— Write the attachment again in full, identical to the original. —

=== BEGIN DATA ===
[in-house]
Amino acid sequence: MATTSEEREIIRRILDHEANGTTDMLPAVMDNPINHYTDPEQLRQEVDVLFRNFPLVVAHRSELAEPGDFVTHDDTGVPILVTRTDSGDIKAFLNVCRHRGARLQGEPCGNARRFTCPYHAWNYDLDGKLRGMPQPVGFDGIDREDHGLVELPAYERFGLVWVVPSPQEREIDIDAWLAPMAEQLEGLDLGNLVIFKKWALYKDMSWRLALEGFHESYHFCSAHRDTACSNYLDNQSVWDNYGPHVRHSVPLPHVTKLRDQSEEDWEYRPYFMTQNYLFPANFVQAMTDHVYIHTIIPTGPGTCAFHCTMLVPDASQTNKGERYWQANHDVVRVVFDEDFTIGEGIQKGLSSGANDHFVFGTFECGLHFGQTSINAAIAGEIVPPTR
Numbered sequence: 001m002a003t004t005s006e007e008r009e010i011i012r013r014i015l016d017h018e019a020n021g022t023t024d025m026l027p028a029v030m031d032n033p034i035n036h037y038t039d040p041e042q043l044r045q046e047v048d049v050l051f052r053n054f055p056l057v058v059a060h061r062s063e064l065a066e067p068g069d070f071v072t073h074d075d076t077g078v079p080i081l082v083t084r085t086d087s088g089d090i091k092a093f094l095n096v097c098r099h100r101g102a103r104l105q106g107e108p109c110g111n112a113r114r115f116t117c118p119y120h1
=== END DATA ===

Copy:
[in-house]
Amino acid sequence: MATTSEEREIIRRILDHEANGTTDMLPAVMDNPINHYTDPEQLRQEVDVLFRNFPLVVAHRSELAEPGDFVTHDDTGVPILVTRTDSGDIKAFLNVCRHRGARLQGEPCGNARRFTCPYHAWNYDLDGKLRGMPQPVGFDGIDREDHGLVELPAYERFGLVWVVPSPQEREIDIDAWLAPMAEQLEGLDLGNLVIFKKWALYKDMSWRLALEGFHESYHFCSAHRDTACSNYLDNQSVWDNYGPHVRHSVPLPHVTKLRDQSEEDWEYRPYFMTQNYLFPANFVQAMTDHVYIHTIIPTGPGTCAFHCTMLVPDASQTNKGERYWQANHDVVRVVFDEDFTIGEGIQKGLSSGANDHFVFGTFECGLHFGQTSINAAIAGEIVPPTR
Numbered sequence: 001m002a003t004t005s006e007e008r009e010i011i012r013r014i015l016d017h018e019a020n021g022t023t024d025m026l027p028a029v030m031d032n033p034i035n036h037y038t039d040p041e042q043l044r045q046e047v048d049v050l051f052r053n054f055p056l057v058v059a060h061r062s063e064l065a066e067p068g069d070f071v072t073h074d075d076t077g078v079p080i081l082v083t084r085t086d087s088g089d090i091k092a093f094l095n096v097c098r099h100r101g102a103r104l105q106g107e108p109c110g111n112a113r114r115f116t117c118p119y120h1